Free, publicly-accessible full text available December 1, 2022
  4. We survey our understanding of classical novae—nonterminal, thermonuclear eruptions on the surfaces of white dwarfs in binary systems. The recent and unexpected discovery of GeV gamma rays from Galactic novae has highlighted the complexity of novae and their value as laboratories for studying shocks and particle acceleration. We review half a century of nova literature through this new lens, and conclude the following: ▪  The basics of the thermonuclear runaway theory of novae are confirmed by observations. The white dwarf sustains surface nuclear burning for some time after runaway, and until recently, it was commonly believed that radiation from this nuclear burning solely determines the nova's bolometric luminosity. ▪  The processes by which novae eject material from the binary system remain poorly understood. Mass loss from novae is complex (sometimes fluctuating in rate, velocity, and morphology) and often prolonged in time over weeks, months, or years. ▪  The complexity of the mass ejection leads to gamma-ray-producing shocks internal to the nova ejecta. When gamma rays are detected (around optical maximum), the shocks are deeply embedded and the surrounding gas is very dense. ▪  Observations of correlated optical and gamma-ray light curves confirm that the shocks are radiative and contribute significantlymore »to the bolometric luminosity of novae. Novae are therefore the closest and most common interaction-powered transients.« less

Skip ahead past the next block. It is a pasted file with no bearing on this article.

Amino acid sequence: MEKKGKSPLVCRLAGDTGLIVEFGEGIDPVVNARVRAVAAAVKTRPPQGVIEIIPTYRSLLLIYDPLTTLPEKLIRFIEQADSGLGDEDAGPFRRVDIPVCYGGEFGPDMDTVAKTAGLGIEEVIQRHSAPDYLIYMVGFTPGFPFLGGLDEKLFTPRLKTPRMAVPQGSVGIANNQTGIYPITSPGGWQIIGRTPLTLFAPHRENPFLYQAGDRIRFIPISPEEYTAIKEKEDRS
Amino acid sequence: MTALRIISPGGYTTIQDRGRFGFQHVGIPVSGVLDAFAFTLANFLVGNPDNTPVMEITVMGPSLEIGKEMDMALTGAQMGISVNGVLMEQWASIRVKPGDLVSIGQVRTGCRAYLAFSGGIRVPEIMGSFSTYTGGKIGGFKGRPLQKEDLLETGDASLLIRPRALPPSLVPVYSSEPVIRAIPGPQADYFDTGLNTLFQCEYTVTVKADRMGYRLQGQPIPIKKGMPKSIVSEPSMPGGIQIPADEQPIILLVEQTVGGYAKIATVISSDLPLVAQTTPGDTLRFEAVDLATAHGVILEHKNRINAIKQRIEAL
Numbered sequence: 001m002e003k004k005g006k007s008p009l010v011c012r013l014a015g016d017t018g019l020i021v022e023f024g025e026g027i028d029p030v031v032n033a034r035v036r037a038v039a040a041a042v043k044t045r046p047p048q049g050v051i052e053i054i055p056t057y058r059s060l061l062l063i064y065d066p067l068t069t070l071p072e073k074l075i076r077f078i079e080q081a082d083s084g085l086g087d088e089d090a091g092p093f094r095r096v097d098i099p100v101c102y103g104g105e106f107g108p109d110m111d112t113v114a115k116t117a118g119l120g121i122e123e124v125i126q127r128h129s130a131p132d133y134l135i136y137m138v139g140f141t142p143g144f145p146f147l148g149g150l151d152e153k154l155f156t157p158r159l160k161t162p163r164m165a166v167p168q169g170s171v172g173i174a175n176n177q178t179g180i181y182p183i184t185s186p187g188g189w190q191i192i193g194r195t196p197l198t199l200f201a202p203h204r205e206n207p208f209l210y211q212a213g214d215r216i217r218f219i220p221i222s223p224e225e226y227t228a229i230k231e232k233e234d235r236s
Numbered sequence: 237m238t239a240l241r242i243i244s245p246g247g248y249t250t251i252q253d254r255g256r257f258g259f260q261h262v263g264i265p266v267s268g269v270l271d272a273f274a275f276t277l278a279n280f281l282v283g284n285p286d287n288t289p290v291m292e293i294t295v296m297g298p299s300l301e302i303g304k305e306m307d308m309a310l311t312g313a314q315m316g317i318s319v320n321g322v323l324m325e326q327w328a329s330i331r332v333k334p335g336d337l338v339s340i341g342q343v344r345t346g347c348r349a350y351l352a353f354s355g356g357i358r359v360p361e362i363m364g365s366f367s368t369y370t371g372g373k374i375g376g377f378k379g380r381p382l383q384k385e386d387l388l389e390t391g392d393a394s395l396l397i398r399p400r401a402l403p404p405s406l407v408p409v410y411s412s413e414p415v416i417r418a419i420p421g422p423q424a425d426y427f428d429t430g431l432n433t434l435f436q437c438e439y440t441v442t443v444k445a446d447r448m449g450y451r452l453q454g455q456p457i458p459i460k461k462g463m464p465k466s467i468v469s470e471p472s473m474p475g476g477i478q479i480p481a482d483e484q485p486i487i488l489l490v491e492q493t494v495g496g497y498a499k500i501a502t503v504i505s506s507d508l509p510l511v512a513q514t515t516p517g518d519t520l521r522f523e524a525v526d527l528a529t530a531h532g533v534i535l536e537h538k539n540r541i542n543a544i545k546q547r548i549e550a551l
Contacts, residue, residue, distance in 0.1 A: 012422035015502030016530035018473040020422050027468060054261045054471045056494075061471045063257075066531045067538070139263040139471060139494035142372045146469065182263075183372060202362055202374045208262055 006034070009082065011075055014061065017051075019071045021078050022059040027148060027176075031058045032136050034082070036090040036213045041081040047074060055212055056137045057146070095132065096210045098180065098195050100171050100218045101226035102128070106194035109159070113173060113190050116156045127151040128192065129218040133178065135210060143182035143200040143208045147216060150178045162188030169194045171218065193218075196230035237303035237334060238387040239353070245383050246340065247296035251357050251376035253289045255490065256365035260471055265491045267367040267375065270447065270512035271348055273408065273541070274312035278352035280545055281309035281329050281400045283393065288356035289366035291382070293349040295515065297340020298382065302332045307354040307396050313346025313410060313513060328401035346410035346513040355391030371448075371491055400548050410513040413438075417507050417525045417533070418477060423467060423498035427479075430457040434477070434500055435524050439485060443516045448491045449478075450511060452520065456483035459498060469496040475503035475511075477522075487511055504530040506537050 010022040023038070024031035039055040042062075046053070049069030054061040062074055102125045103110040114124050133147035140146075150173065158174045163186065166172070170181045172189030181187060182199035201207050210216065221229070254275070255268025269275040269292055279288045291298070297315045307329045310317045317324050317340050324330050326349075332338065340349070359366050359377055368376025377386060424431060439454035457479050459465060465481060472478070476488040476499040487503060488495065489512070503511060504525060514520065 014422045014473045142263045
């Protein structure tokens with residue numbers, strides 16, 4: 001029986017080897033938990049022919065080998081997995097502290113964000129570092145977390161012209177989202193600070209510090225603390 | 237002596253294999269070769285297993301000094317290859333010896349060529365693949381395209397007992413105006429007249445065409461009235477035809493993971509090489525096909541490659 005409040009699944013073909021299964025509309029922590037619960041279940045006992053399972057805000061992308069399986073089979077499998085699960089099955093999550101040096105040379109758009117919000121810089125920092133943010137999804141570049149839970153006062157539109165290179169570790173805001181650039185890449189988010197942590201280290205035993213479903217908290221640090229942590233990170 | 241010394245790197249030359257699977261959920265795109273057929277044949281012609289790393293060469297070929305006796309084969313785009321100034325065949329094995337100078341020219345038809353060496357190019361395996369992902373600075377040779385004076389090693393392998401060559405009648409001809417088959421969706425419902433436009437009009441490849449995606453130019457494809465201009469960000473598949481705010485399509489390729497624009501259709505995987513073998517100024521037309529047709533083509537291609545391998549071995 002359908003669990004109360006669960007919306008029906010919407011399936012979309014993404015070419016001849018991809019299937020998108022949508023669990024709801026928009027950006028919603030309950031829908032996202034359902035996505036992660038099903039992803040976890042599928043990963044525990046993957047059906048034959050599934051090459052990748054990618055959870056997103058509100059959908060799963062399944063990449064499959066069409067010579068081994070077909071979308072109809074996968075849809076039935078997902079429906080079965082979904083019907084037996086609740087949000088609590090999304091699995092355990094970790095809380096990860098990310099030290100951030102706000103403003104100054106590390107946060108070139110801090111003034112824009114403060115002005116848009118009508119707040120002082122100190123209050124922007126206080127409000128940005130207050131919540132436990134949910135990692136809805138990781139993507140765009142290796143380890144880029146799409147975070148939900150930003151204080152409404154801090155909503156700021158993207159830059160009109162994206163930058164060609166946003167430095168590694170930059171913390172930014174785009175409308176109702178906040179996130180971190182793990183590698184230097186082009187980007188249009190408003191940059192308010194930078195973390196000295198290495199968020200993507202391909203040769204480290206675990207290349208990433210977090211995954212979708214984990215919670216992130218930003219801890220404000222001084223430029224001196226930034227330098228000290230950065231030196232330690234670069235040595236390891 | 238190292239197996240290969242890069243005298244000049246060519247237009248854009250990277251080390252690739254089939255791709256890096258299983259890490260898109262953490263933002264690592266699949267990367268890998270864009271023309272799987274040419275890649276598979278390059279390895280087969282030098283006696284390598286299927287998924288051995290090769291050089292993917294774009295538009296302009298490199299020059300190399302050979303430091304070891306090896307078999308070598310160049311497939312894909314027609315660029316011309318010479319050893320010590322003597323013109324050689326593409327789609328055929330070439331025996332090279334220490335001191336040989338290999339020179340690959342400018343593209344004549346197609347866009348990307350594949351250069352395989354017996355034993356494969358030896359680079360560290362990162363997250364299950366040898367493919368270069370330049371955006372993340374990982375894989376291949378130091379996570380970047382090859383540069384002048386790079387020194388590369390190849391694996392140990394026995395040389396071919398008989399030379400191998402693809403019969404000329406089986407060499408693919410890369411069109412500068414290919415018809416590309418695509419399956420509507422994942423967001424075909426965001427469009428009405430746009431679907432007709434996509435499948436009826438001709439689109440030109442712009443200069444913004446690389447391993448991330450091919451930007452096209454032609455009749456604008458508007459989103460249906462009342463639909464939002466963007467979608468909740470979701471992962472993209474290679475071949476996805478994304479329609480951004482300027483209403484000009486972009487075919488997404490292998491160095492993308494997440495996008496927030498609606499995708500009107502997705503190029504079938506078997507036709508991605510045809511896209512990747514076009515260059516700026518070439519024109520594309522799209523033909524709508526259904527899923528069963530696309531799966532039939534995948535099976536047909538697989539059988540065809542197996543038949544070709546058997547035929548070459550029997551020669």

5. Abstract Although it is well established that some extragalactic radio sources are time-variable, the properties of this radio variability, and its connection with host galaxy properties, remain to be explored—particularly for faint sources. Here we present an analysis of radio variable sources from the CHILES Variable and Explosive Radio Dynamic Evolution Survey (CHILES VERDES)—a partner project of the 1.4 GHz COSMOS H i Large Extragalactic Survey. CHILES VERDES provides an unprecedented combination of survey depth, duration, and cadence, with 960 hr of 1–2 GHz continuum VLA data obtained over 209 epochs between 2013 and 2019 in a 0.44 deg 2 section of the well-studied extragalactic deep field, COSMOS. We identified 18 moderate-variability sources (showing 10%–30% flux density variation) and 40 lower-variability sources (2%–10% flux density variation). They are mainly active galactic nuclei (AGNs) with radio luminosities in the range of 10 22 –10 27 W Hz −1 , based on cross-matching with COSMOS multiwavelength catalogs. The moderate-variability sources span redshifts z = 0.22–1.56, have mostly flat radio spectra ( α > −0.5), and vary on timescales ranging from days to years. The lower-variability sources have similar properties, but generally have higher radio luminosities than the moderate-variability sources, extending to zmore »= 2.8, and have steeper radio spectra ( α < −0.5). No star-forming galaxy showed statistically significant variability in our analysis. The observed variability likely originates from scintillation on short (∼week) timescales, and Doppler-boosted intrinsic AGN variability on long (month–year) timescales.« less